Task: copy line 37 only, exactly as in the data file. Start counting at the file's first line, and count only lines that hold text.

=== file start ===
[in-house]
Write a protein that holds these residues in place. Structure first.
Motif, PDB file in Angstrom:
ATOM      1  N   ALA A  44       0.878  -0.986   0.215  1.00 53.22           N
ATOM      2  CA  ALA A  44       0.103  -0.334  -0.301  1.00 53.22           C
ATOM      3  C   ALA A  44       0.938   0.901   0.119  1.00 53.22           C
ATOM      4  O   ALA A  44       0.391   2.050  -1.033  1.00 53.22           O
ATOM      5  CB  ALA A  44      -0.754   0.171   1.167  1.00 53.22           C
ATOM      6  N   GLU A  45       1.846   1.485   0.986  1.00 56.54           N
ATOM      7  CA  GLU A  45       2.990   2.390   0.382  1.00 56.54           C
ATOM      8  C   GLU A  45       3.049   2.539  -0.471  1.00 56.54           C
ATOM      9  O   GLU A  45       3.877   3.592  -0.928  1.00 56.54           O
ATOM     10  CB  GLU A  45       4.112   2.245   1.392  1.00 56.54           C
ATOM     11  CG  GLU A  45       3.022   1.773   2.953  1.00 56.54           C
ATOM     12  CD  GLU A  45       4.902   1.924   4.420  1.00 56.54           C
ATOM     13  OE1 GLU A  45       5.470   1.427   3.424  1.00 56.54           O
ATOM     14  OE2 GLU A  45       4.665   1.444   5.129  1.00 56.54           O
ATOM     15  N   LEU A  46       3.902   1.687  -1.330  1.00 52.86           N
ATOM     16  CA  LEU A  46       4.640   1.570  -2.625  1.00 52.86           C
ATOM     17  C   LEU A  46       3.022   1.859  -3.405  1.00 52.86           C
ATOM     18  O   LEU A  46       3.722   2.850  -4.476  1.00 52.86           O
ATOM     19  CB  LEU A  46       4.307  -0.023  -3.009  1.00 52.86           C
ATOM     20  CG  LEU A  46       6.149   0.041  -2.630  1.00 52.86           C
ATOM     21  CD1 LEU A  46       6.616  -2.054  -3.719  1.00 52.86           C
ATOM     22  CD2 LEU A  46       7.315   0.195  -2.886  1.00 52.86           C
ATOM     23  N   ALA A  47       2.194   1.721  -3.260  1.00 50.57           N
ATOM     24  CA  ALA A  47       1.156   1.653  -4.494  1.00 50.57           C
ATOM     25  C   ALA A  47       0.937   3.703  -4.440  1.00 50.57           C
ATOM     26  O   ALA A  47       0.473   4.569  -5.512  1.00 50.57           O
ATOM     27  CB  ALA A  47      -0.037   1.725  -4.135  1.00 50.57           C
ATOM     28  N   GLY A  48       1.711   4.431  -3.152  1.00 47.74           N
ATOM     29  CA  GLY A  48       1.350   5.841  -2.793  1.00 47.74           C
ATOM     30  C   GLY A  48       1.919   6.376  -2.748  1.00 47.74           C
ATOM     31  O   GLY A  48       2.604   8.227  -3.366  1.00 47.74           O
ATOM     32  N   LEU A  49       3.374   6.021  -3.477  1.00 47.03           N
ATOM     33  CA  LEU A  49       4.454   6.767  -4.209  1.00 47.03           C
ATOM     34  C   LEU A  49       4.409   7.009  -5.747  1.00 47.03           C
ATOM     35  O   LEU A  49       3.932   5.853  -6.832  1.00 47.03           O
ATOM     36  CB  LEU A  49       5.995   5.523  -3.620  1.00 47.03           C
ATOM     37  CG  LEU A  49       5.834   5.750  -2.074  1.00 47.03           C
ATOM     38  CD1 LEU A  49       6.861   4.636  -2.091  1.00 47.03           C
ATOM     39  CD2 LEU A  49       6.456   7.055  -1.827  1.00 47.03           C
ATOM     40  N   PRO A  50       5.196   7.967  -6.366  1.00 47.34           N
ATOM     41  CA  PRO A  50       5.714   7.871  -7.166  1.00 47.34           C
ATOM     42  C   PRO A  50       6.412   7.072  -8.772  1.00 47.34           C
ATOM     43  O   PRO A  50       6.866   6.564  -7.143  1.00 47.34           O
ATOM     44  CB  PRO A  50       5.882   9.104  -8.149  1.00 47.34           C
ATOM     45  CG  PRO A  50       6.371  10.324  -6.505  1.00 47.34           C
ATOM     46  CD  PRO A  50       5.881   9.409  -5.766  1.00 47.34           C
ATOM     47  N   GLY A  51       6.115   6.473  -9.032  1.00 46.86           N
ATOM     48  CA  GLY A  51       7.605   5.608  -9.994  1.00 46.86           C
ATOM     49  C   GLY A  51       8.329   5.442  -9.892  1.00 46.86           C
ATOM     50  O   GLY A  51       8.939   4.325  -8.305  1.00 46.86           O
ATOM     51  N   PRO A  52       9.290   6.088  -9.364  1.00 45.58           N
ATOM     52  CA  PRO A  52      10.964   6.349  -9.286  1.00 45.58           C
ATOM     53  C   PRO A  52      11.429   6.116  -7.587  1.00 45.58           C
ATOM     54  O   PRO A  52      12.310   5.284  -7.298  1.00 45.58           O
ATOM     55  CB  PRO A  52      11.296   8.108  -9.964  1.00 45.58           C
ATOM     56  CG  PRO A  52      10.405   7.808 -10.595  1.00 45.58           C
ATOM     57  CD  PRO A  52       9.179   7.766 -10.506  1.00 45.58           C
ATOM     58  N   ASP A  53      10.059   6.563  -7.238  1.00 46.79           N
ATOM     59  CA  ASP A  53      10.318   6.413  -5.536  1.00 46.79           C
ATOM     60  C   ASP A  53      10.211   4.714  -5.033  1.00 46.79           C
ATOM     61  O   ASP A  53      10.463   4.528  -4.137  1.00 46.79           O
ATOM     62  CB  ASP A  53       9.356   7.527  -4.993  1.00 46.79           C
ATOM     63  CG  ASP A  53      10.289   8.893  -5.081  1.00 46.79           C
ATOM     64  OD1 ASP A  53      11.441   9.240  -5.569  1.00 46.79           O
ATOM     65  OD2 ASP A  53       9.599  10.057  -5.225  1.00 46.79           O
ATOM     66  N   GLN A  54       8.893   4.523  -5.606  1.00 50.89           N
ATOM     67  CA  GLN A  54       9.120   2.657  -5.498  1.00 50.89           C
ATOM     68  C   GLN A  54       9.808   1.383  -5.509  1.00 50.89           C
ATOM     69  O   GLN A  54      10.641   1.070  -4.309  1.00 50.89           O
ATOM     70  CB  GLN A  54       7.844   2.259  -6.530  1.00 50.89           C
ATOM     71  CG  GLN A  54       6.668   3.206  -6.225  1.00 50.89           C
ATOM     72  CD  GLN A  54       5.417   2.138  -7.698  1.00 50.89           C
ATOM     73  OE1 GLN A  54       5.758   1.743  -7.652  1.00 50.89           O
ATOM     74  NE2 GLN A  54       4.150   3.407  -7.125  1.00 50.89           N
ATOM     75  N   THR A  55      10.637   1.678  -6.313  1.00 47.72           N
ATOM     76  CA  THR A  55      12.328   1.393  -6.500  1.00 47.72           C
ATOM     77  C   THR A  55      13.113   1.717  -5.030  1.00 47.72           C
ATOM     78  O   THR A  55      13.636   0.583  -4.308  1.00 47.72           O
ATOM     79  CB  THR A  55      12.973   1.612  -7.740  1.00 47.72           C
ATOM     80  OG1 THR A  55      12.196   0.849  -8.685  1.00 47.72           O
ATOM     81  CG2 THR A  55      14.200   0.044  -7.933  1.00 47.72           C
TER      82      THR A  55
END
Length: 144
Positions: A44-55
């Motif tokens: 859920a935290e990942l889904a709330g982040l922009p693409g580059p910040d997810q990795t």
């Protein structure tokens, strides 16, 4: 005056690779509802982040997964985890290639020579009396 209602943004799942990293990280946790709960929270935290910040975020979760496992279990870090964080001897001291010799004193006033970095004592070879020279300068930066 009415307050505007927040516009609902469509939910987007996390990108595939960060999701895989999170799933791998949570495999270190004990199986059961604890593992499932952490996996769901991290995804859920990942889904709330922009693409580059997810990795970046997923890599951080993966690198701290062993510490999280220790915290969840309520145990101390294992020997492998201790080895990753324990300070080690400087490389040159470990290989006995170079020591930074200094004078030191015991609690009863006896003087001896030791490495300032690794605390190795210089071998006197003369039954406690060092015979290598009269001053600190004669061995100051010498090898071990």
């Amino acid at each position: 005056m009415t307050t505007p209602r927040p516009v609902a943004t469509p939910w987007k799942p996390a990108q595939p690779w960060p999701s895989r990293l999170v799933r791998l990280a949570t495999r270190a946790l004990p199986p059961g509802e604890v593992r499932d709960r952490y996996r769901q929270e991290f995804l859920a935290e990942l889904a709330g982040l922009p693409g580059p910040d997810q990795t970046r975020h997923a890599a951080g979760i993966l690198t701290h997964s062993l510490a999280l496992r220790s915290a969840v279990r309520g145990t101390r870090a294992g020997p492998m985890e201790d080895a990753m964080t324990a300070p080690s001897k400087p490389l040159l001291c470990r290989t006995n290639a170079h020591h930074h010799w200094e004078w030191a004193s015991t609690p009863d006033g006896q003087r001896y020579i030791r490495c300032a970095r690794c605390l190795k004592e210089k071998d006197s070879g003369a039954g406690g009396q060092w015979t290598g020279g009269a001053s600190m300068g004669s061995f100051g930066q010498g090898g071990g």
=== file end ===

ATOM     34  C   LEU A  49       4.409   7.009  -5.747  1.00 47.03           C